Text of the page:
In line with the recommendations made by the National Data Guardian in her ‘Review of Data Security, Consent and Opt-outs’, the national data opt-out was introduced for the health and social care system on 25 May 2018. This to give patients and the public more control over how their confidential patient information is used for research and planning purposes.
What is the National Data Opt-Out?
It is a service that enables the public to opt out of their confidential patient information being used for purposes beyond their individual care and treatment – specifically research and planning. The public can change their national data opt-out choice at any time.
Who needs to comply with the National Data Opt-Out Policy?
The national data opt-out applies to data for patients where their care is provided in England by a publicly funded organisation or the care has been arranged by a public body such as the NHS or a Local Authority. It does not apply to data related to private patients at private providers.
In summary, the national data opt-out applies to:
- all NHS organisations (including private patients treated within such organisations),
- all Local Authorities providing publicly funded care,
- adult social care providers where the care provided is funded or arranged by a public body, and
- private or charitable healthcare providers providing NHS funded treatment or arranged care.
Which data disclosures do national data opt-outs apply to?
National data opt-outs apply to a disclosure when an organisation, e.g. a research body, confirms they have approval from the Confidentiality Advisory Group (CAG) for the disclosure of confidential patient information held by another organisation responsible for the data (the data controller) such as an NHS Trust.
Simply, National data opt-outs apply in cases where the approval is subject to the Confidentiality Advisory Group (CAG) ‘standard condition’ that 'the wishes of patients who have withheld or withdrawn their consent are respected'(e.g. their opt-out)
The CAG approval is also known as a section 251 approval and refers to section 251 of the National Health Service Act 2006 and its current Regulations, the Health Service (Control of Patient Information) Regulations 2002. The NHS Act 2006 and the Regulations enable the common law duty of confidentiality to be temporarily lifted so that confidential patient information can be disclosed without the data controller being in breach of the common law duty of confidentiality.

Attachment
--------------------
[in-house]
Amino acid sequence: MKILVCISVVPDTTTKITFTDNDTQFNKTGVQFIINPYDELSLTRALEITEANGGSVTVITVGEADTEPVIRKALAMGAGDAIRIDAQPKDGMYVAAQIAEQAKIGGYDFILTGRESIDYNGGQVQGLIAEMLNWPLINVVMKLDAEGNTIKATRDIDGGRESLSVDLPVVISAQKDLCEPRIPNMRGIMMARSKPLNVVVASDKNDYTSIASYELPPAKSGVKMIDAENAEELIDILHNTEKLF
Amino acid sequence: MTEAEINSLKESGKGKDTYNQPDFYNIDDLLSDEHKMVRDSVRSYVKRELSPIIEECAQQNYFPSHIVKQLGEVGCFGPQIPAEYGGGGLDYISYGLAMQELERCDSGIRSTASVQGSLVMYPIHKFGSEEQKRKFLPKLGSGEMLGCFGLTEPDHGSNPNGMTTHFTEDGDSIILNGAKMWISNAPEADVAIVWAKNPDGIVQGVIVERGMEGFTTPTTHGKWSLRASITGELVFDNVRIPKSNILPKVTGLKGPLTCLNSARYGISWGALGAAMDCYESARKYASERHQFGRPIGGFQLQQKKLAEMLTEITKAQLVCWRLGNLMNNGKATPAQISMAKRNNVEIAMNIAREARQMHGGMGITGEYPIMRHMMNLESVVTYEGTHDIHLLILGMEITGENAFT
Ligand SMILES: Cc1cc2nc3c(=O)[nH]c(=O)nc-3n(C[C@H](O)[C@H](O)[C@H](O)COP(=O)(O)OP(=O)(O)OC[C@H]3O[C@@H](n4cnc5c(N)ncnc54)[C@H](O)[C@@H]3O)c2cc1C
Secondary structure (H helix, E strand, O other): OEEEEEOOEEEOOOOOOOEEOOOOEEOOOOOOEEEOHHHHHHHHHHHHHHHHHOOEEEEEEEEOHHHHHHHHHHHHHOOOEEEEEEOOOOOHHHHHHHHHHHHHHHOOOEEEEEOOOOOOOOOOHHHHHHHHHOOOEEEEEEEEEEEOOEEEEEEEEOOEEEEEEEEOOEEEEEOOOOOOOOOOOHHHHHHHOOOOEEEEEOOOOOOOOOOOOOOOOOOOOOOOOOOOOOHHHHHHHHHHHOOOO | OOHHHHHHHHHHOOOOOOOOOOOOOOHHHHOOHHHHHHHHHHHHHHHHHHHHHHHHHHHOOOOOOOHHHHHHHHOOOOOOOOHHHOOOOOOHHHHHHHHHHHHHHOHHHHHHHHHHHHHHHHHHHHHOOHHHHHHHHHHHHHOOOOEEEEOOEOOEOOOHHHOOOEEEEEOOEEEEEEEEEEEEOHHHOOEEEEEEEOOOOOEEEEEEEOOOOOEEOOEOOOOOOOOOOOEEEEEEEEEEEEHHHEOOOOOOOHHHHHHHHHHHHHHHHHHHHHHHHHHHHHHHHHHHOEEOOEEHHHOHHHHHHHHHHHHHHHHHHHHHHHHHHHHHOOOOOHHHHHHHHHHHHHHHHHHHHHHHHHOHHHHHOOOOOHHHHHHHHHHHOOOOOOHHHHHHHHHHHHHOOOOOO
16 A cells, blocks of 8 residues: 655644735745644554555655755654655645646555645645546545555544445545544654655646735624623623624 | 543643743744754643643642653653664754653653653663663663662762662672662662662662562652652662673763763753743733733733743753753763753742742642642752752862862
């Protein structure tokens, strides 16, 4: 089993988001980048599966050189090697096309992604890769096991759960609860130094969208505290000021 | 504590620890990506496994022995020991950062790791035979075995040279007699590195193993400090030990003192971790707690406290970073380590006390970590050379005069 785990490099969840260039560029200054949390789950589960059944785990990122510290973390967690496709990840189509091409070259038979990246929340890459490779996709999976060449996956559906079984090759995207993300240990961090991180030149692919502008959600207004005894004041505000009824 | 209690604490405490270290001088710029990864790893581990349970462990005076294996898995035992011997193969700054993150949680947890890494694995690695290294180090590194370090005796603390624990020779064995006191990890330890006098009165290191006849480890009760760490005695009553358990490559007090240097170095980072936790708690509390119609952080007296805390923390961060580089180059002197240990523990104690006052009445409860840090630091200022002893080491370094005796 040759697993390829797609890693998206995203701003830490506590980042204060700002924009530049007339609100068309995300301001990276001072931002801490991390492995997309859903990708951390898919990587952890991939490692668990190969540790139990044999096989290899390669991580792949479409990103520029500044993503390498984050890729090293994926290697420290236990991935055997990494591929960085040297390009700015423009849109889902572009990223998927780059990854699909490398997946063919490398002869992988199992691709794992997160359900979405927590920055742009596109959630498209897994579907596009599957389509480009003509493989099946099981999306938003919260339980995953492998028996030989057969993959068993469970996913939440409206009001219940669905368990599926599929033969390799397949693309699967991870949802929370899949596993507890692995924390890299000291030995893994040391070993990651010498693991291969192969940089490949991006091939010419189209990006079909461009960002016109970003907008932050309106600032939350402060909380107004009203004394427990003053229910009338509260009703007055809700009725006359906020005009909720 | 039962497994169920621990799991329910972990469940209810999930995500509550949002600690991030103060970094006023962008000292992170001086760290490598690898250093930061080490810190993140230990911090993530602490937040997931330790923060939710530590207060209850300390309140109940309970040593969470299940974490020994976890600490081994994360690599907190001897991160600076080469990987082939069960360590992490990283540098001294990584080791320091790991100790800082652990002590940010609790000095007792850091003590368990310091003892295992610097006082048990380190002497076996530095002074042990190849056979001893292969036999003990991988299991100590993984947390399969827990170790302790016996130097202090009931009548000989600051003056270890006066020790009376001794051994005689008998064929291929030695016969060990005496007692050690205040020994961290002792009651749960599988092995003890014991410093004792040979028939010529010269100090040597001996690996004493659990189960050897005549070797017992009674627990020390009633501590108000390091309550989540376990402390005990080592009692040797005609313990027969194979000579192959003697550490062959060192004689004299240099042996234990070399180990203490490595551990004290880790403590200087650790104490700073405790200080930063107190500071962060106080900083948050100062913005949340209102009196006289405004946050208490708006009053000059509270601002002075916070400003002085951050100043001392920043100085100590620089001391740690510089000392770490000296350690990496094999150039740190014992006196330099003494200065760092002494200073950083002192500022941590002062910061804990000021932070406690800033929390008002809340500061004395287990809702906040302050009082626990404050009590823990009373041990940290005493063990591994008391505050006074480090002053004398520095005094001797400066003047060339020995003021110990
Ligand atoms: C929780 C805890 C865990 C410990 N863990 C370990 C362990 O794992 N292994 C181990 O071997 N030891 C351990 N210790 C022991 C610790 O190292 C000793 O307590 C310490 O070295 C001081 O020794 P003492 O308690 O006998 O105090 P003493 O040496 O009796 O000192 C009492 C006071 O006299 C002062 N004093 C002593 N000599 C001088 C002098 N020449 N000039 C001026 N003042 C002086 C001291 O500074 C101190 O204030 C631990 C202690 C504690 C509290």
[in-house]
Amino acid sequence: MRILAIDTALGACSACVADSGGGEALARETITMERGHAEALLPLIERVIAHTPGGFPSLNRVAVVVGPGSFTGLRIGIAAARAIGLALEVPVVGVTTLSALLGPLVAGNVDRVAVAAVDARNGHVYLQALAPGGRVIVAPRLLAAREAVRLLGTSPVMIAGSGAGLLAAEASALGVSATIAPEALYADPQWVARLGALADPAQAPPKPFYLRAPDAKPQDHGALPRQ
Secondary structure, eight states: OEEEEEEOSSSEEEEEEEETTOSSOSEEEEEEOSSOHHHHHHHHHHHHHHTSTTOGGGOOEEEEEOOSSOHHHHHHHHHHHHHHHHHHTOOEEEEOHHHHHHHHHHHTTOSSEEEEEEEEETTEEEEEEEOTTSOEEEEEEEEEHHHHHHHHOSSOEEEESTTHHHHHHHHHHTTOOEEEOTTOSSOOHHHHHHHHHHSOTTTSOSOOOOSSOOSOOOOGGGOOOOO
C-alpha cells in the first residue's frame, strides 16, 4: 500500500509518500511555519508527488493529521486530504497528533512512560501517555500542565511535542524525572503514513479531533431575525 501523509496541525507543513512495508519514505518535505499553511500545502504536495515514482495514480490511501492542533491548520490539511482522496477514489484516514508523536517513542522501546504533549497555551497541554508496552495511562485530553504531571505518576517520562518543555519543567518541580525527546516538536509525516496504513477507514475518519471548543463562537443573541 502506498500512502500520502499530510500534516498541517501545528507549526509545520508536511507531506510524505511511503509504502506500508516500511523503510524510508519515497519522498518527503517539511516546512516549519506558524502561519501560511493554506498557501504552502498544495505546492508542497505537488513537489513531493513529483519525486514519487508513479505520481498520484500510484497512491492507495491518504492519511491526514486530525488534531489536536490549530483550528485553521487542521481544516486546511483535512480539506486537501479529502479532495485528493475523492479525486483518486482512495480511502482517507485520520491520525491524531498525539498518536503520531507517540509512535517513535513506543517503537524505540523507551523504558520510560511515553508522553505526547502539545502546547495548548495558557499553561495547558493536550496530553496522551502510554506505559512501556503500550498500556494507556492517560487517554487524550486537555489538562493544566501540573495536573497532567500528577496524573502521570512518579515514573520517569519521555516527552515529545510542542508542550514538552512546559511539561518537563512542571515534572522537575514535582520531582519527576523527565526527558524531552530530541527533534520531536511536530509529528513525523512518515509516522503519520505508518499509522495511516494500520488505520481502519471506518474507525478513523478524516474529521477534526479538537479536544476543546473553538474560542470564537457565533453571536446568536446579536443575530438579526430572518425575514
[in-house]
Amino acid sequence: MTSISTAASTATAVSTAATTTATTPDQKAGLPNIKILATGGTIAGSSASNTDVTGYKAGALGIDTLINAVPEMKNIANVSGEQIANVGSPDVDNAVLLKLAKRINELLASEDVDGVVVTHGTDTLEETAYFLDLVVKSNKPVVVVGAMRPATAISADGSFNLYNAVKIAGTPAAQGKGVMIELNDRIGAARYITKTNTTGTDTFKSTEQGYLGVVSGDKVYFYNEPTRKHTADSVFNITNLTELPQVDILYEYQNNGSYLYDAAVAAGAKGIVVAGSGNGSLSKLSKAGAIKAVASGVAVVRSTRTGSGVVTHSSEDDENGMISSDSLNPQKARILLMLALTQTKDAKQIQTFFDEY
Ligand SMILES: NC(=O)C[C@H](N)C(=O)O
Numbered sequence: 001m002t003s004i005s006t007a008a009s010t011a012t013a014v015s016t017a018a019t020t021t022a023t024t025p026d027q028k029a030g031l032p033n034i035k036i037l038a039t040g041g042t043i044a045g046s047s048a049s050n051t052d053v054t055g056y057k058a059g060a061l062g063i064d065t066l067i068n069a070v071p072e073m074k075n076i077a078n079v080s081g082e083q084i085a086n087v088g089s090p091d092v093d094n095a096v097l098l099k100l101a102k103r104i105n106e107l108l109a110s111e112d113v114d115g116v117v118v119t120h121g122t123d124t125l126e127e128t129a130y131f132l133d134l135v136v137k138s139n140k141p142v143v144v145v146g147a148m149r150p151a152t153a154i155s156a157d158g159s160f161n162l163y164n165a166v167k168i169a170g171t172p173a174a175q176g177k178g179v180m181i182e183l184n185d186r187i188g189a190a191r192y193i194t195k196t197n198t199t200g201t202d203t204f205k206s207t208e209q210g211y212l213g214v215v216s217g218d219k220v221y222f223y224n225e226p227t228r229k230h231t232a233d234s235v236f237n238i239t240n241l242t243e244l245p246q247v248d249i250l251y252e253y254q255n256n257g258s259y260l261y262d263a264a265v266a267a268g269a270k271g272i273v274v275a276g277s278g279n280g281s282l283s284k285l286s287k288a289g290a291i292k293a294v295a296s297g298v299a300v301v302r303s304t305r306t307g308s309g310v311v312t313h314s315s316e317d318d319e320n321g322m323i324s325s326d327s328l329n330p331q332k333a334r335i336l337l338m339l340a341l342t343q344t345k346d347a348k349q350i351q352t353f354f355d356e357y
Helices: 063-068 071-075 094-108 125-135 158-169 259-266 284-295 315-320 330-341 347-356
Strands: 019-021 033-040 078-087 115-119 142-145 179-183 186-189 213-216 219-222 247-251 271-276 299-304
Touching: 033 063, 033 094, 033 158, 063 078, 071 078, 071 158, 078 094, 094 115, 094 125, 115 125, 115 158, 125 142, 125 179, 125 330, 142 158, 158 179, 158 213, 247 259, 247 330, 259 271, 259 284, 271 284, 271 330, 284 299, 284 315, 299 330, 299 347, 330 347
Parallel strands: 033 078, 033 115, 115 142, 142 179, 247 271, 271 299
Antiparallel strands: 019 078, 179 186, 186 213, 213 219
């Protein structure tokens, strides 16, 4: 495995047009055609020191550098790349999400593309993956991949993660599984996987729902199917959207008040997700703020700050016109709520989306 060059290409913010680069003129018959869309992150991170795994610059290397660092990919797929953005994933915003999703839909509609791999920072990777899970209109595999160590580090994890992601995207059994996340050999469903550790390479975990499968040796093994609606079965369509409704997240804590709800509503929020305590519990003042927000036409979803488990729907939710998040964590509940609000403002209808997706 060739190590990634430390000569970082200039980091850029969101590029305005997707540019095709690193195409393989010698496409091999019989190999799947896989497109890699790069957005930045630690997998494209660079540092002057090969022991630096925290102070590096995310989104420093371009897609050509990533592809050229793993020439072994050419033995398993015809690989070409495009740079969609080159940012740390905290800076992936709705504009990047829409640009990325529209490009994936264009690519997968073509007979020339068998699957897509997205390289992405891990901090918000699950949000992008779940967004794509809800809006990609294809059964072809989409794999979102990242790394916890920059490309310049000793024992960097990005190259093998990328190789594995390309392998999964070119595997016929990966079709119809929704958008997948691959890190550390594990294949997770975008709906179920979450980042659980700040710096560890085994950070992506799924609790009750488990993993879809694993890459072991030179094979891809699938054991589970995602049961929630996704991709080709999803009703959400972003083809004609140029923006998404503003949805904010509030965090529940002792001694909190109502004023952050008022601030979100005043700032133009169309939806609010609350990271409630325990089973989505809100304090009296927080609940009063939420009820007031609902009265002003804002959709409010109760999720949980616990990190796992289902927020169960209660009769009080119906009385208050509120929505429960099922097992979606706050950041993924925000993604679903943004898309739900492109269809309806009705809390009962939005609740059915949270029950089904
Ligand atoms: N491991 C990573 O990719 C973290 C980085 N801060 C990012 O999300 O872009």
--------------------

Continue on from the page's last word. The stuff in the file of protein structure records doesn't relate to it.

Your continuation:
In practice, this means that the organisation responsible for the information (the data controller) can, if they wish, disclose the information to the data applicant, e.g. research body, without being in breach of the common law duty of confidentiality.
National data opt-outs do not apply where:
- information being disclosed is anonymised in accordance with the Information Commissioner’s Office’s anonymisation code of practice,
- the individual has given their consent for their information to be used for a particular purpose, e.g. a specific research study,
- there is an overriding public interest in the disclosure, i.e. the public interest in disclosing the data overrides the public interest in maintaining confidentiality, also referred to as the ‘public interest test’, and
- there is a legal requirement that sets aside the common law duty of confidentiality or the information is required by a court order.
In these scenarios above, section 251 approvals would not have been sought.
What will the CNWL do?
The Trust will put processes in place to assess any current or future uses of confidential patient information prior to disclosure to consider and apply national data opt-outs where necessary in accordance with national data opt-out operational policy. These will be included in Trust policies and procedures and disseminated to staff. The Trust will also update its patient’s privacy notice with a national data opt-out compliance statement.